In the case of remote microgrids, the storage system typically provides several benefits: diesel reduction, higher renewables penetration, and improved power quality.  Even if the business case is based only on diesel reduction, though, the ROI is still positive in less than 4 years across all advanced battery chemistries.  The forecasts in the chart below assume the replacement of all batteries except flow batteries at the 7-year mark – which may or may not be required.  It also assumes that for each kilowatt-hour (kWh) of energy, a diesel generator requires 0.3 liters of diesel, and that the cost of diesel is about $1 per liter and remains steady over the forecast period.

Less than 4 years is an impressive payback period, but the payback period is even shorter with a 25% increase in diesel prices. If the cost of diesel is $1.36 per liter, the payback period goes down to less than 3 years for all storage technologies.  At $1.64 per liter, the payback period shrinks to 2 years or less.

Cumulative Net Present Value of Energy Storage Technologies Integrated in Remote Microgrids by Battery Type, World Markets: 2013-2023

(Source: Navigant Research)

 

How to Build a Successful Battery Startup

— May 5, 2014

In the course of doing the research for our upcoming report, Next Generation Advanced Batteries – and the accompanying webinar, “Beyond Lithium Ion” – we encountered more than three dozen battery-related startups.  Some produce battery materials, some produce battery components, and others are planning on becoming full-fledged battery manufacturers.  It would be unreasonable to expect all of them to survive.  In fact, given the nature of the battery industry, it would be a surprise if more than two or three of these companies are successful over the long term.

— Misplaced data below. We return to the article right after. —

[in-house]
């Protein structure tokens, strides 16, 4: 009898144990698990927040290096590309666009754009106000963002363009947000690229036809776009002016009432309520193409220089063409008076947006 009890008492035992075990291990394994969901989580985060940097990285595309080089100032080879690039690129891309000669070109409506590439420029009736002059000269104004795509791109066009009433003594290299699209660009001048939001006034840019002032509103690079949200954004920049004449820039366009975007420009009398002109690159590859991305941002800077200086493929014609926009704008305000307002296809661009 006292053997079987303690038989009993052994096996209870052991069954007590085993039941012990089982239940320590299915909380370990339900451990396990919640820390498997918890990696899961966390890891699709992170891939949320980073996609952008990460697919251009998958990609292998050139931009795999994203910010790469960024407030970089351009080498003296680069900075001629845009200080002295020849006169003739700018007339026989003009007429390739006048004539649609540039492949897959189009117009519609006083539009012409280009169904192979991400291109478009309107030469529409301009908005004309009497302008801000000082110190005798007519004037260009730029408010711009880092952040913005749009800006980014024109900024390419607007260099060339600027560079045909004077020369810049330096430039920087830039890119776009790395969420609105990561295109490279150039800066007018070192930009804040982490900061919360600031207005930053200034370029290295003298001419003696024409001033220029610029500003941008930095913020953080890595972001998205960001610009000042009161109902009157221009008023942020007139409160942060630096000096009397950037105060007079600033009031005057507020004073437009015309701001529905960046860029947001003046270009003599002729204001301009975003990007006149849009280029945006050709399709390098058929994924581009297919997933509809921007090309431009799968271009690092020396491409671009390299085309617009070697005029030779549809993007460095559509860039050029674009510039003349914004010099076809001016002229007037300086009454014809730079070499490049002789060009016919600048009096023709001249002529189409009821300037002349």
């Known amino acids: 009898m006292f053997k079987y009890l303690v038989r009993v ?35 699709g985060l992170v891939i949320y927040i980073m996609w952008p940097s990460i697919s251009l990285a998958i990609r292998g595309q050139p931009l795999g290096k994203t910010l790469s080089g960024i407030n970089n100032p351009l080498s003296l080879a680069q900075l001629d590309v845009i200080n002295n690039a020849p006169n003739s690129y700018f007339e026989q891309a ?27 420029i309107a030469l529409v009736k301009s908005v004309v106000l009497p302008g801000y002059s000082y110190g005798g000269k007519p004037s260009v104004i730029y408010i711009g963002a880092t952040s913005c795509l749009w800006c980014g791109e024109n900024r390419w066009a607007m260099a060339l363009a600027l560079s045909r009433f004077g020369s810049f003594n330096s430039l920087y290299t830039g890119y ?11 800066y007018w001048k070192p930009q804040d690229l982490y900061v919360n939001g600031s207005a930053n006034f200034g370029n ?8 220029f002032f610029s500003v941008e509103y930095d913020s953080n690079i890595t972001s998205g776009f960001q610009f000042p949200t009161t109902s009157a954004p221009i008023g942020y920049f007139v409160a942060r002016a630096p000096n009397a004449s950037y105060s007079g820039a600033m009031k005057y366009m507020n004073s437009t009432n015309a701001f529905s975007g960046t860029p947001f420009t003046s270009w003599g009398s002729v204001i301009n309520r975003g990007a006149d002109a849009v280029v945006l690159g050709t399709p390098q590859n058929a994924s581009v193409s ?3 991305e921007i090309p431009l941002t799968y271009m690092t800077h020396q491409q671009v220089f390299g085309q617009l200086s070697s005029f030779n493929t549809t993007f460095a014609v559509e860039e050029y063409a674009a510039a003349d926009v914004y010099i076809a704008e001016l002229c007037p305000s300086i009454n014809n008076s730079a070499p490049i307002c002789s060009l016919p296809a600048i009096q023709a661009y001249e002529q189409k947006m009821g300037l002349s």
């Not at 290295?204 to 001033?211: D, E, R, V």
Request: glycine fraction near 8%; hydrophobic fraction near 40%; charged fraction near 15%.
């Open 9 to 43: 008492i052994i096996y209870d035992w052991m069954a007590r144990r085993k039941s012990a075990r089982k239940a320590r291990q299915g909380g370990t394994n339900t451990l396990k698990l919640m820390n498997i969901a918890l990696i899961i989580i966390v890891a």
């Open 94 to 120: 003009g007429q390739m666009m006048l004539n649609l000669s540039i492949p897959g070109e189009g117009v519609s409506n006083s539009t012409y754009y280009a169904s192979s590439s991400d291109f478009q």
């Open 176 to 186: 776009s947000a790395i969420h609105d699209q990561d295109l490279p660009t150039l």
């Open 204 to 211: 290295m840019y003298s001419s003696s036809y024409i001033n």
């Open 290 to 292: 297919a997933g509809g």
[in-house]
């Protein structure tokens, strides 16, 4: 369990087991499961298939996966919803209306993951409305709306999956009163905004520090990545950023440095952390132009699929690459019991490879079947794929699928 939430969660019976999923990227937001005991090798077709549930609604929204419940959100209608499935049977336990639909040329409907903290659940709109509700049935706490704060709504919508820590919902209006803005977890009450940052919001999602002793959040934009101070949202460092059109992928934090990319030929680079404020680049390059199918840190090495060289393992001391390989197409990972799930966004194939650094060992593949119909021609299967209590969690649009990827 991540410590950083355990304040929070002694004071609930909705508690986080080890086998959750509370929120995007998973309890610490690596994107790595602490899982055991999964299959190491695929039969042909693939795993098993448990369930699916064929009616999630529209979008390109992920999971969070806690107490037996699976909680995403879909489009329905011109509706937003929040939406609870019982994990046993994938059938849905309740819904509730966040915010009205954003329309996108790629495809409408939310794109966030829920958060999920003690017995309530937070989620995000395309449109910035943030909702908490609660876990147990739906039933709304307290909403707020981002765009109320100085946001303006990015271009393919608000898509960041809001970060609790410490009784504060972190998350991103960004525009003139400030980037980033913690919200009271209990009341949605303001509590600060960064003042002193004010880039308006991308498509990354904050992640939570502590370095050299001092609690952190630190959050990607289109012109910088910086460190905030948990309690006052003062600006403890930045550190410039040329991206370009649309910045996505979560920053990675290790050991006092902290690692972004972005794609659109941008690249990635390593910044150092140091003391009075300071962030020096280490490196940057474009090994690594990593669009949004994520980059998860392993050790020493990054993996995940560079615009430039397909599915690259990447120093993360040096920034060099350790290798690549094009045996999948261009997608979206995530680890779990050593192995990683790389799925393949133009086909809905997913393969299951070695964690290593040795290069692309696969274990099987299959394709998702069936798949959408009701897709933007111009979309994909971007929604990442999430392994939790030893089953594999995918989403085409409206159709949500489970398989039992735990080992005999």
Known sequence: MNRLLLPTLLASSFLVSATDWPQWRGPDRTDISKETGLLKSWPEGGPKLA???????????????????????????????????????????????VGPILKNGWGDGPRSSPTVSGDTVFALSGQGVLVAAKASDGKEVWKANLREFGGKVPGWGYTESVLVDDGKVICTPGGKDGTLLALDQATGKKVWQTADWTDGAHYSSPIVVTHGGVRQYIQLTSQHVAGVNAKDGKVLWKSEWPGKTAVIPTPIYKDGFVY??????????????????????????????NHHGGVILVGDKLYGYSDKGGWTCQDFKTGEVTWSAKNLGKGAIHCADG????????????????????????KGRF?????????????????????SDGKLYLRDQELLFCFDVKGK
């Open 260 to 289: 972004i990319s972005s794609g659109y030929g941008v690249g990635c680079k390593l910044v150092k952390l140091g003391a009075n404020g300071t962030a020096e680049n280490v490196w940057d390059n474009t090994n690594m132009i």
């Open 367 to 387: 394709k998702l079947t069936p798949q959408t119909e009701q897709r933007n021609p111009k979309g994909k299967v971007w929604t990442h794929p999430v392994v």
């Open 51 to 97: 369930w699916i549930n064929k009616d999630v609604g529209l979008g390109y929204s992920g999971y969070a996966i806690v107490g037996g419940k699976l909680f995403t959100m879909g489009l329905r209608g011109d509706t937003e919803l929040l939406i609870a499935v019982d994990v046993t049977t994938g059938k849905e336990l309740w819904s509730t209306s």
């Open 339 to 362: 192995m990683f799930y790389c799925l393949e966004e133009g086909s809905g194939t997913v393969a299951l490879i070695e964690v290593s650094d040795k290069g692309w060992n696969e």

Based on our understanding of the advanced battery industry, here are our three top tips for how to shepherd your battery startup through the valley of death and into the gates of post-IPO paradise:

  • Forget about becoming a manufacturer: Making batteries is hard.  It has taken the battery heavyweights decades to perfect their combinatorial chemistries and manufacturing processes so that they can operate enormous factories at speeds that boggle the mind (in a modern cylindrical cell factory the cells literally shoot through the machinery so quickly that their forms are blurred to the naked eye), and at efficiencies that are very difficult for new companies to match.  It’s also nearly impossible to scale battery manufacturing upward.  Starting small and slowly building out the manufacturing infrastructure over time is not an effective strategy when your competitors (such as Tesla) are building 50-gigawatt-hour factories from scratch.  The best path to market for a battery startup is to align with an existing manufacturer and let it do the capital-intensive and laborious task of building assembly lines.
  • Understand manufacturing completely: If you’re not going to manufacture batteries, then why do you need to understand manufacturing?  Because the lithium ion (Li-ion) industry has become so large, with so much manufacturing infrastructure behind it, that a new battery chemistry that requires a complete retrofit to the factory is not going to succeed.  To become attractive, any new battery technology has to have a “drop-in manufacturing process,” meaning that it can be made in pre-existing factories with similar equipment with minimal changes.  If a whole new factory, or even an exotic piece of equipment, is required, that’s a black mark against your technology.  And to understand how to create a drop-in manufacturing process, you have to intimately grasp the details of the manufacturing process in real battery factories today.
  • Niche markets are the lily pads that can keep your company afloat: Navigant Research expects that by 2023, the world will buy 245 gigawatt-hours of rechargeable batteries, which is more than three times the size of the market today.  It’s tempting to claim that your battery will be the one that fills that market and replaces all other chemistries.  It probably won’t.  But specialization in the battery world is no longer a dirty word.  Many applications that were previously considered niche, such as defense applications, power tools, and wearable electronics, are now billion-dollar markets.  Each of these requires special form factors or cell specifications that may not be met by mass-produced Li-ion batteries, opening up key areas of opportunity.